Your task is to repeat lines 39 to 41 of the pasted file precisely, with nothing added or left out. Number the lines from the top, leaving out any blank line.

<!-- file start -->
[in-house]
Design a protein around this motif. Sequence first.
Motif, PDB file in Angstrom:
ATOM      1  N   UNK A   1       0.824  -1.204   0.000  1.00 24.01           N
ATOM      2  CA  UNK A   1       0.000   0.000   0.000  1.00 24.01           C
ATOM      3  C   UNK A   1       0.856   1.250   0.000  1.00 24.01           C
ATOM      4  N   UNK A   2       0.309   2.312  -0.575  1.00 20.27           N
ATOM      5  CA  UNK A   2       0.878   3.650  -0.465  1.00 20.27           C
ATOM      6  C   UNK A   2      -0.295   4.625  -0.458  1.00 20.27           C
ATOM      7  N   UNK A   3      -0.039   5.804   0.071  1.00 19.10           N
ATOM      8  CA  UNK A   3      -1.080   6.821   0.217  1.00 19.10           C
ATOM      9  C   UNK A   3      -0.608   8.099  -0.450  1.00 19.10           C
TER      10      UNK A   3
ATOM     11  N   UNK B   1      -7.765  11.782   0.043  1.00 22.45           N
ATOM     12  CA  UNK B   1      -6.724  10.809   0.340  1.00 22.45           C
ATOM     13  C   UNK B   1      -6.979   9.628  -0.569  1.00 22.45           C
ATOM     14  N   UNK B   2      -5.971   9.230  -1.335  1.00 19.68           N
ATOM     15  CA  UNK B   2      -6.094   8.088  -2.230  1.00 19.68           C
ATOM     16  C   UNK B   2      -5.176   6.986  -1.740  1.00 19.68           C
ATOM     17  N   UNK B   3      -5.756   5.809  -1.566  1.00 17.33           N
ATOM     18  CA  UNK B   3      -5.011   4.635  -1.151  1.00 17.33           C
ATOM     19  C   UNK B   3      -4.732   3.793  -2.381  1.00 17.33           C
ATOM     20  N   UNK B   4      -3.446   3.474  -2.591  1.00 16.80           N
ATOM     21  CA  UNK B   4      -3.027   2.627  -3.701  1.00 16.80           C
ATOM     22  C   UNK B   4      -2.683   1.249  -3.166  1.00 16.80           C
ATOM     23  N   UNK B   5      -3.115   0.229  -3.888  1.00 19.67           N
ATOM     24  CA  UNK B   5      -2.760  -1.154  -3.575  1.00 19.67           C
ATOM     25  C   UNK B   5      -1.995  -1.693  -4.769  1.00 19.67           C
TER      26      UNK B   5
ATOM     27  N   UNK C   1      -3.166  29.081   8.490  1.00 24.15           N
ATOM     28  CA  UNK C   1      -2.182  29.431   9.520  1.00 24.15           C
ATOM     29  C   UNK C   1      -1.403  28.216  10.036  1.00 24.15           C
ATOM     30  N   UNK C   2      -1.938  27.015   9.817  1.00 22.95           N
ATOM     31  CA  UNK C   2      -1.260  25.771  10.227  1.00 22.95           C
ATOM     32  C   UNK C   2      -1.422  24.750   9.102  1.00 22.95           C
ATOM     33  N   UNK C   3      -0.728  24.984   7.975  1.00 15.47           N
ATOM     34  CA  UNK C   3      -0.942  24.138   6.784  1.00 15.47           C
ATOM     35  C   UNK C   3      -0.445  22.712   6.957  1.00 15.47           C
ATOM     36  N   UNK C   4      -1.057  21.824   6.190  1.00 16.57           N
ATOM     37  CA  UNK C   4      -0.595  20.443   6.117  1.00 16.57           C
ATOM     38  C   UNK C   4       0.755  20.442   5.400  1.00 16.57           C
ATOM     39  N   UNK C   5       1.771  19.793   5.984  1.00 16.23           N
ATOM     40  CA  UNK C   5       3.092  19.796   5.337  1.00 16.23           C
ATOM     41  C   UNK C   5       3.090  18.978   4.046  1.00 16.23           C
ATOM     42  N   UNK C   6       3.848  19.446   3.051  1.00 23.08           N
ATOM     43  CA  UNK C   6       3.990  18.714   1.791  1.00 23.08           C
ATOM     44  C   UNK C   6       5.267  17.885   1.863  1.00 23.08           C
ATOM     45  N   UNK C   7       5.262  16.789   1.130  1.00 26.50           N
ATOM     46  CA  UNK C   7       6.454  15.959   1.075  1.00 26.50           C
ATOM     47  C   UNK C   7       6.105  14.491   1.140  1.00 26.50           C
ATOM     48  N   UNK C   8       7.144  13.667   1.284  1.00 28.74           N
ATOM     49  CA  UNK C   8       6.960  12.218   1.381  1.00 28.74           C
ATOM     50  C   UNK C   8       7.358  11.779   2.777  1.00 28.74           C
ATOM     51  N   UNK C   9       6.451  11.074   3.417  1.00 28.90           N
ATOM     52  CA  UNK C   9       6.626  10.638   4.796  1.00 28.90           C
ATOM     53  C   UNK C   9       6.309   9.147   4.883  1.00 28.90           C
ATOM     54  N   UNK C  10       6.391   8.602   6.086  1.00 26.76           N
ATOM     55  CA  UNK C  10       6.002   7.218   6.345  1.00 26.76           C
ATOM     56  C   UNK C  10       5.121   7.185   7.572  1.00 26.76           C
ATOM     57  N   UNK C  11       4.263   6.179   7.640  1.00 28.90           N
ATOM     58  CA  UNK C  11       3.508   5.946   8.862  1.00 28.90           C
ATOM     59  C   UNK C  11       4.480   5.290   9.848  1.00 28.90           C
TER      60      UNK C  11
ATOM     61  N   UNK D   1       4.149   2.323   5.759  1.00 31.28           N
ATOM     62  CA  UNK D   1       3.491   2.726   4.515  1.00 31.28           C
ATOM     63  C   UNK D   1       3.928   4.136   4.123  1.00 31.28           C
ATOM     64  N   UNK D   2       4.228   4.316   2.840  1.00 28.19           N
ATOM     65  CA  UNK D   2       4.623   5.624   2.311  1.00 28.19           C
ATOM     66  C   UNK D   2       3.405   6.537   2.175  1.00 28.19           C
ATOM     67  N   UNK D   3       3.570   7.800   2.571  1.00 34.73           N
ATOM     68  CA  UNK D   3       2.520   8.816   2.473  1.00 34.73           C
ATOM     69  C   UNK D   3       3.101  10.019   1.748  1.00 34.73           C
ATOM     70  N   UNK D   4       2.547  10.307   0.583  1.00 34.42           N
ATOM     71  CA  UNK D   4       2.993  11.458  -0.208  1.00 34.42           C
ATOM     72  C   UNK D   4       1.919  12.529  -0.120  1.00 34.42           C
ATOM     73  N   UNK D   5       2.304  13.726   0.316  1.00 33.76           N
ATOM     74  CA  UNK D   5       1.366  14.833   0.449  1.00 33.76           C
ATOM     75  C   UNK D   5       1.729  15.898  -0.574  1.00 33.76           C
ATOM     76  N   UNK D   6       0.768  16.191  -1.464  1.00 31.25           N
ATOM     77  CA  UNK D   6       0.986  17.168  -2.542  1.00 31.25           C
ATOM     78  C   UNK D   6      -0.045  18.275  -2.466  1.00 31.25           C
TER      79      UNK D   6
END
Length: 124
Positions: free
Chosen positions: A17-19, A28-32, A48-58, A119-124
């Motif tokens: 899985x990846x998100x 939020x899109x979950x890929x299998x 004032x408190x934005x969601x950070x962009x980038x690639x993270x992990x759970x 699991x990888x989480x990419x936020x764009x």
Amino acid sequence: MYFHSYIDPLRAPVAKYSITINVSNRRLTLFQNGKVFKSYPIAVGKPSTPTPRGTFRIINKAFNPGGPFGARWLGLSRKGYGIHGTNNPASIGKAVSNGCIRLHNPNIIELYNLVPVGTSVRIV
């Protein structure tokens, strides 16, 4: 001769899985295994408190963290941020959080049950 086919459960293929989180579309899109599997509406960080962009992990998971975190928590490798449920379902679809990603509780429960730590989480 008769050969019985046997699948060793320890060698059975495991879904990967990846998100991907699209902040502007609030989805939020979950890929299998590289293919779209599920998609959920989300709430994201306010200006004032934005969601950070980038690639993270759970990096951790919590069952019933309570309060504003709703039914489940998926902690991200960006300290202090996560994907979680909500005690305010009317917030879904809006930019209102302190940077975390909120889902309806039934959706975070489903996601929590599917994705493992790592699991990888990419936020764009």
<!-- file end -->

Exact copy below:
ATOM     36  N   UNK C   4      -1.057  21.824   6.190  1.00 16.57           N
ATOM     37  CA  UNK C   4      -0.595  20.443   6.117  1.00 16.57           C
ATOM     38  C   UNK C   4       0.755  20.442   5.400  1.00 16.57           C